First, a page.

The Goddess Nekhbet
is an early Egyptian goddess/protectress of Upper (southern) Egypt and
especially of it's rulers. She and her counterpart Wadjet, the Cobra
Goddess of Lower Egypt, represented the union of the two lands. Nekhbet
is a Mother Goddess, as well as a Goddess of the sun and moon. She is
also a goddess of fertility and a protectress of children and childbirth.
She was said to be present at the birth of gods and kings, and was known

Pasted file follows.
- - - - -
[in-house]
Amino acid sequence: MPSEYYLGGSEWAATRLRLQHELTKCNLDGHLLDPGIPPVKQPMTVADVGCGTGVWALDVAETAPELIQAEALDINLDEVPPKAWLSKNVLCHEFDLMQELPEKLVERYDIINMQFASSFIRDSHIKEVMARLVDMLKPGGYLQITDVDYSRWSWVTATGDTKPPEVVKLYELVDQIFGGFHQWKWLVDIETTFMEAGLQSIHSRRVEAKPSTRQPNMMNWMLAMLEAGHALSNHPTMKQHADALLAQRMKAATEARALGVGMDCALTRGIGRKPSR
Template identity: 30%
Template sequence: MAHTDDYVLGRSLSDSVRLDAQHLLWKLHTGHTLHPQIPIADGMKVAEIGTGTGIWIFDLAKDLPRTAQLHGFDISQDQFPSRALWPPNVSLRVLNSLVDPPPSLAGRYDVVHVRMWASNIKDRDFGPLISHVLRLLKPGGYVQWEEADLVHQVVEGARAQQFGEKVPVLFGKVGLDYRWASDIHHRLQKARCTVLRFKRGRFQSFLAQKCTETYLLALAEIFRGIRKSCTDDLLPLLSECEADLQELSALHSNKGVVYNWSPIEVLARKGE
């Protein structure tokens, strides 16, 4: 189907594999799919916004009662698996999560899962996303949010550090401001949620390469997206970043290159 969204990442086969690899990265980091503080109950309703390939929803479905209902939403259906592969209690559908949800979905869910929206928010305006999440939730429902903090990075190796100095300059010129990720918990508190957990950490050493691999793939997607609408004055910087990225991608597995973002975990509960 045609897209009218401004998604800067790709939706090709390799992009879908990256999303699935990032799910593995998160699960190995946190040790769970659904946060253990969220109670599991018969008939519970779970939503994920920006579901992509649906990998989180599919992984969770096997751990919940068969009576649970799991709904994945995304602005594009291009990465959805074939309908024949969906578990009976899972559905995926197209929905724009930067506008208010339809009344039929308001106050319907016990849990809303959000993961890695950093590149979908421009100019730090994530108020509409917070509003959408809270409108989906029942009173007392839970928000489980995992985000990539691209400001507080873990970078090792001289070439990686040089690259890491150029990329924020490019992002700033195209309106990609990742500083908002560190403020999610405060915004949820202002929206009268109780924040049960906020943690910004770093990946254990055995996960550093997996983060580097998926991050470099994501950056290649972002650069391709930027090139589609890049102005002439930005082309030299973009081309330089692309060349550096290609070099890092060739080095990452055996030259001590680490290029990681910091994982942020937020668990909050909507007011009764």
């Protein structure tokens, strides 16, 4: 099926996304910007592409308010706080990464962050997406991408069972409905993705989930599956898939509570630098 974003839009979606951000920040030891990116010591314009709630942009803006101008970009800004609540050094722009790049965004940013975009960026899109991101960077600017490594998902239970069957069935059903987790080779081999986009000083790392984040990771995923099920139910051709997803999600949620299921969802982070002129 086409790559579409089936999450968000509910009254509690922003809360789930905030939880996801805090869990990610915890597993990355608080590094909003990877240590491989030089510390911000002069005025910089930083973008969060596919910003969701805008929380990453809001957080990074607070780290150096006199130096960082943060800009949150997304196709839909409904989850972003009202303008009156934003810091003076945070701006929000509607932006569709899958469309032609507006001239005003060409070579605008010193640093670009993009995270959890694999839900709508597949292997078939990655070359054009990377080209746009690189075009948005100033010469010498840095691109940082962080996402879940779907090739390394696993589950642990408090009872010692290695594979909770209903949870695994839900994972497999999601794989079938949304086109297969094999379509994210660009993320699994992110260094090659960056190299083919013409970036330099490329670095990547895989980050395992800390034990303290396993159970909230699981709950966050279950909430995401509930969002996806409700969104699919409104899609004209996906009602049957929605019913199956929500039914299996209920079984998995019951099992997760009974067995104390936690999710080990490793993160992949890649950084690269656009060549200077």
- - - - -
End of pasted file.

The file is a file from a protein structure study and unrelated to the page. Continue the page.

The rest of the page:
as the guardian of infant kings.
Nekhbet was often
depicted as a women with the head or headdress of a vulture and wearing
a white crown, or as a vulture with her wings outspread, holding a symbol
of eternity in her talons and hovering over the Pharaoh. She was called
the mother of the king. Nekhbet was associated with the Egyptian Goddesses
Hathor, Heset and Mut, and was said to be the wife of Hapi, the God
of the Nile. The Greeks identified her with Eiliethyia, a Goddess of
childbirth and protectress of children.
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